In Times Like These instilled in me a love of the characters and a better understanding of them on a personal level. Most importantly, I now have a vital understanding of the way time works in the series universe. It was a bit difficult to catch onto at first, mostly because it’s pretty far off from the time travel theories in other science fiction books I’ve heard, but I think I’m getting there. In Times Like These greatly amplified my understanding of all that, as well as my appreciation.
My only standing complaint echoed from my review of The Chronothon is that there is a mildly obvious lack of world-building. The writing is still very plot-centric and requires more than a good deal of suspension of disbelief. The series’ scientific background is not as firmly grounded as in some other time travel tales and it leans more heavily on the fiction part of science fiction than the science part. That didn’t bother me too much, but you may want to be aware of it going in.
Overall, this was a really fast-moving story. I’ve come to expect that from Van Coops. It was much more tolerable in In Times Like These than The Chronothon. Imagine if the movie Hot Tub Time Machine was a book and wasn’t cheesy or terrible. In Times Like These took everything I loved about that movie (time traveling back to the 80s) and made even better. The imagery Van Coops used when describing the 80s was very entertaining. There were pop culture references scattered throughout the story (plenty of Back to the Future and Doctor Who) which always put a smile on my face.
I started this audiobook in an effort to proactively quell the impending book hangover from Empire of Storms, but after the first three hours of In Times Like These, I halted listening to Empire of Storms altogether. In Times Like These consumed my attention completely. If that’s not an overwhelming endorsement, I don’t know what is. Towards the end, I tried exerting some self-restraint to ration the rest of the audiobook, but I was too weak. 14 hours of listening is nothing when you’re that wrapped up in a story.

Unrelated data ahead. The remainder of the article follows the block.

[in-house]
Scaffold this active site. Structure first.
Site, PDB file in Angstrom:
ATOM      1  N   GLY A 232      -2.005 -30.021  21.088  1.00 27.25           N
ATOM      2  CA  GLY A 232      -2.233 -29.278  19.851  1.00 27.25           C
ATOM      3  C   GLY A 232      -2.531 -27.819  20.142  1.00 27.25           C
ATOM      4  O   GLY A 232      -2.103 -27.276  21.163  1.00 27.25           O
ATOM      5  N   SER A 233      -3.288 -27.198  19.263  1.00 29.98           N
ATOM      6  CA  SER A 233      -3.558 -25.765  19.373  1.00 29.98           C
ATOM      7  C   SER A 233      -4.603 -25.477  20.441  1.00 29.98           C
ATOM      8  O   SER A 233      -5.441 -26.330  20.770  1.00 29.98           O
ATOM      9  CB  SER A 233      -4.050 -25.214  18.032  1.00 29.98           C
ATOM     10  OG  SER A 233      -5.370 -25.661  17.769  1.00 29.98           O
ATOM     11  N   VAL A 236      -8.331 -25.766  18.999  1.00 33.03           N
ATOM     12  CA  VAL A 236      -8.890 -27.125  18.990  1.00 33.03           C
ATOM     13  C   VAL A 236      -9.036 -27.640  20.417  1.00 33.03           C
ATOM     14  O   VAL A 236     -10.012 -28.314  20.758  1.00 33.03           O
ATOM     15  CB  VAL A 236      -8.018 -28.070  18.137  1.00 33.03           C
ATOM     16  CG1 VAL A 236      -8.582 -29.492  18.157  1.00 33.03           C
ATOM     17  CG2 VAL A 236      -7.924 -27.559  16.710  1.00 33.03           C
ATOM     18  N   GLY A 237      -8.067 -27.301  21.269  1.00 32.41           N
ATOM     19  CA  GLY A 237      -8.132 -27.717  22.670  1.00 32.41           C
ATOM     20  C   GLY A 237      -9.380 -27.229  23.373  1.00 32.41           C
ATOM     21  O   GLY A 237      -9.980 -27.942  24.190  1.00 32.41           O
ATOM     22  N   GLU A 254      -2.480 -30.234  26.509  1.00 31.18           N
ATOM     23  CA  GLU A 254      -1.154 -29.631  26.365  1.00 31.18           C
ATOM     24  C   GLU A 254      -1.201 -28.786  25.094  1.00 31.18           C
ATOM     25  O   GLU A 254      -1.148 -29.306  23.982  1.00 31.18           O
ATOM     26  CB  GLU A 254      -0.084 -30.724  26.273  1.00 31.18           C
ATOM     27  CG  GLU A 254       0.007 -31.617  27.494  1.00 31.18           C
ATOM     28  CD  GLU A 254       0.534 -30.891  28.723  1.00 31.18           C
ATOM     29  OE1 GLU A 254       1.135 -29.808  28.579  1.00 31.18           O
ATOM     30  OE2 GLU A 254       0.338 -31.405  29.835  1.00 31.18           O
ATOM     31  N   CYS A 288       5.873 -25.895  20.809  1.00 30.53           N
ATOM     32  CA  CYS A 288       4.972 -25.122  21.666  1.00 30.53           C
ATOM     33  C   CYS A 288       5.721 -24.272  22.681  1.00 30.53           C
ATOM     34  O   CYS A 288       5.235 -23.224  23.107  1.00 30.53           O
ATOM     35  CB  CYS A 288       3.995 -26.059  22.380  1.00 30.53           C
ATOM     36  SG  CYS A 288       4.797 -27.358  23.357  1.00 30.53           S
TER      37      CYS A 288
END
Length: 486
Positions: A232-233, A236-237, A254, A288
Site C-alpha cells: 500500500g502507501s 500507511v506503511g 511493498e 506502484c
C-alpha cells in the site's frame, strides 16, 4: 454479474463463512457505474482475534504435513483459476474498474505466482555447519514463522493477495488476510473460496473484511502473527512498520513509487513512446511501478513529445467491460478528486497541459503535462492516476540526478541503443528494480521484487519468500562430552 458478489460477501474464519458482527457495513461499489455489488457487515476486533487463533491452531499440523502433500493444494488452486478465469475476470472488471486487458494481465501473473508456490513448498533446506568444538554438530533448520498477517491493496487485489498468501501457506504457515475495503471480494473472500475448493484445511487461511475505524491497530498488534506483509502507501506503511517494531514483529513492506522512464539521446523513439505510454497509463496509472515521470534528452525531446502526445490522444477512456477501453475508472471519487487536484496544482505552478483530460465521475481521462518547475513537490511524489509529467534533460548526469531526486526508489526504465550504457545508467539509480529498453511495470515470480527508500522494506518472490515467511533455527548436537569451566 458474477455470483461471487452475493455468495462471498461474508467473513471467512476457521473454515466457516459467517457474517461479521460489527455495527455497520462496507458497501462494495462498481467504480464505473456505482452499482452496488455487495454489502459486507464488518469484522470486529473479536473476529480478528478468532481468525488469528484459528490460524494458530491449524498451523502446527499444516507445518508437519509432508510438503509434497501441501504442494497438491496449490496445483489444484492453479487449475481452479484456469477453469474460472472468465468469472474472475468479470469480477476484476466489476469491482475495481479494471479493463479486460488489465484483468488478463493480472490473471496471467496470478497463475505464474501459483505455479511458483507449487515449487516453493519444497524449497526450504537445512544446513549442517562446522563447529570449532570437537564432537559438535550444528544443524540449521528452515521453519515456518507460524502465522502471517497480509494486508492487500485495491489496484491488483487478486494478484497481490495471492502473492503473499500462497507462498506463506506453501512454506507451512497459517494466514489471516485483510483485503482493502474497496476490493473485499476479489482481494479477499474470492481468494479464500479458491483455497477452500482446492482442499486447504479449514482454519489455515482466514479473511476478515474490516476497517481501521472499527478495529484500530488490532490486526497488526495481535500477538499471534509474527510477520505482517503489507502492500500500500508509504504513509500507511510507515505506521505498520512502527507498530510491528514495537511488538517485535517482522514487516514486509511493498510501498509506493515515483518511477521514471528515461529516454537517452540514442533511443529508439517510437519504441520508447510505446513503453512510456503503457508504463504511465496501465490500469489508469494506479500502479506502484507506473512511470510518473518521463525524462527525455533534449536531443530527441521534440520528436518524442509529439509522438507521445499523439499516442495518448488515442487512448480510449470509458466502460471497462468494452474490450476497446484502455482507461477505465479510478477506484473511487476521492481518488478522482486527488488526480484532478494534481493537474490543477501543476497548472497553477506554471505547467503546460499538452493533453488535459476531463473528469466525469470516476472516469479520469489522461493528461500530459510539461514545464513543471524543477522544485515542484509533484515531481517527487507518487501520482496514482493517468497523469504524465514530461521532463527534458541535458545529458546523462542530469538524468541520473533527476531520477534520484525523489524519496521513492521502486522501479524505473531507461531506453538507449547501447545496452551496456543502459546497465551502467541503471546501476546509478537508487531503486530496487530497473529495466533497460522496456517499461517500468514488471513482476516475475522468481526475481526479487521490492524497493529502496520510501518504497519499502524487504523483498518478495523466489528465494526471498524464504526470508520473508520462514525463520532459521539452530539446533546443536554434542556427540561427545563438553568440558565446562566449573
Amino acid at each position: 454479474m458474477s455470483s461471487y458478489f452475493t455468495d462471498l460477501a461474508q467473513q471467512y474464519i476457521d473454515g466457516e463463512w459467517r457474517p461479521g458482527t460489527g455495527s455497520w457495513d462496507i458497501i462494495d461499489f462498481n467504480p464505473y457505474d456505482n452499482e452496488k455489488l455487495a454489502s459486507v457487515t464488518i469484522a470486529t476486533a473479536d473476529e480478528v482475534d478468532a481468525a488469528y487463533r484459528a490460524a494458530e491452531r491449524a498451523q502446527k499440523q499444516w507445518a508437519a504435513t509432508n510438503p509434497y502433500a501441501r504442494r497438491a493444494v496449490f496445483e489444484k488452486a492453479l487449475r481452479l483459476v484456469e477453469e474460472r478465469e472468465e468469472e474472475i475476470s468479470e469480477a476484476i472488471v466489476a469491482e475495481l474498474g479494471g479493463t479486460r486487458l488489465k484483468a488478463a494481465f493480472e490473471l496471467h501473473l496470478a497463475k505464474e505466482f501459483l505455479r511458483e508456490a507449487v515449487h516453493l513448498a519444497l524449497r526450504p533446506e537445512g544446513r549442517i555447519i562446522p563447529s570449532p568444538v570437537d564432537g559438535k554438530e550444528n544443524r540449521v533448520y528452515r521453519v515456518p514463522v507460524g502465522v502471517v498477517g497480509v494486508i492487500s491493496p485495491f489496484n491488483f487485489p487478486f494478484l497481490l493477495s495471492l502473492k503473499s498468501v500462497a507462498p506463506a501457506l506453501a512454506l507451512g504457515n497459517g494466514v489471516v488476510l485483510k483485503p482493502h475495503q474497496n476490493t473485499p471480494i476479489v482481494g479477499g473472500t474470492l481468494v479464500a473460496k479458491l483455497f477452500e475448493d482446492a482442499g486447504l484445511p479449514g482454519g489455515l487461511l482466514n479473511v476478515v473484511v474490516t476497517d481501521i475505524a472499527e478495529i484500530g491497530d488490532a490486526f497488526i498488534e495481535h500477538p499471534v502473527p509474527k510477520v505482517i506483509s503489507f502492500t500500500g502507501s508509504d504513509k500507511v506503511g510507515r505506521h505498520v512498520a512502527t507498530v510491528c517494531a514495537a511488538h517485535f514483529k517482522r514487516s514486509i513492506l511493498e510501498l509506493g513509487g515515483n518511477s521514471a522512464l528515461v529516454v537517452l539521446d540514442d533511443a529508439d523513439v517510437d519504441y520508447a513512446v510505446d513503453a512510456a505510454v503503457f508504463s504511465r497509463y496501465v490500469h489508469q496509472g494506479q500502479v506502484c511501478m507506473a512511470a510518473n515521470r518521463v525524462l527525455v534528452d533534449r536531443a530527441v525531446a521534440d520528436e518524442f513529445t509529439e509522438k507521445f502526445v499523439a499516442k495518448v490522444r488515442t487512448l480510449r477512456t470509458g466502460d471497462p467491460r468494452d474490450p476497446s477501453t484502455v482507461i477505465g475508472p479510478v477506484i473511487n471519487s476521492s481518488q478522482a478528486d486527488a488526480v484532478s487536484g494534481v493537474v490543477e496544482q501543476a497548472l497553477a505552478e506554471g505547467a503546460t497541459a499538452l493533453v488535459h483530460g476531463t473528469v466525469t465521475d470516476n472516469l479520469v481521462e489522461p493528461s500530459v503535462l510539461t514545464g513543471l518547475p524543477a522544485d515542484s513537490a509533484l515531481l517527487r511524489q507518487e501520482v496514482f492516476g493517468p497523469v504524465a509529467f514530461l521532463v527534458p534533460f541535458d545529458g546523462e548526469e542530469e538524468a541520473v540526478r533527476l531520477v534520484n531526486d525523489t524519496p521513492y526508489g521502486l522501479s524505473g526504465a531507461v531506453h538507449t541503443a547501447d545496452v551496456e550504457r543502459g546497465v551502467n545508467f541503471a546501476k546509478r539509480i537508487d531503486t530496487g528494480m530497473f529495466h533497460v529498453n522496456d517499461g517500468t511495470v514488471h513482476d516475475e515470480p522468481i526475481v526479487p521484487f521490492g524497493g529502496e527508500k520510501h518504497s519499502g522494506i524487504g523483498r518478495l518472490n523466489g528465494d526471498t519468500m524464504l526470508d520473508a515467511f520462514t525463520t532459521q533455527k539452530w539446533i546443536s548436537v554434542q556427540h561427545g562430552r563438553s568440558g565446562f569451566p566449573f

Narration review: Neil Hellegers was a huge part of what made this audiobook so fun. His voice conveyed an urgency and vibrancy that helped give the story its tempo. I can’t tell you how far that went towards holding my attention. He is an excellent action narrator. The narration was somewhat reminiscent of an Aaron Sorkin production. Sorkin’s work in television (and movies) is famous for really fast dialogue. Hellegers’ narration held the up-tempo even when the writing pace slowed. In case I’m not being clear: That was a really great thing. It took a lot of pressure off me as a listener because he held my attention so effortlessly. Hellegers’ narration style and Van Coops’ fast-paced writing made for quite the adventure! ♣︎
➜ This audiobook was graciously gifted to me by its narrator, Neil Hellegers, in exchange for a review containing my honest thoughts and opinions. Thanks, Neil!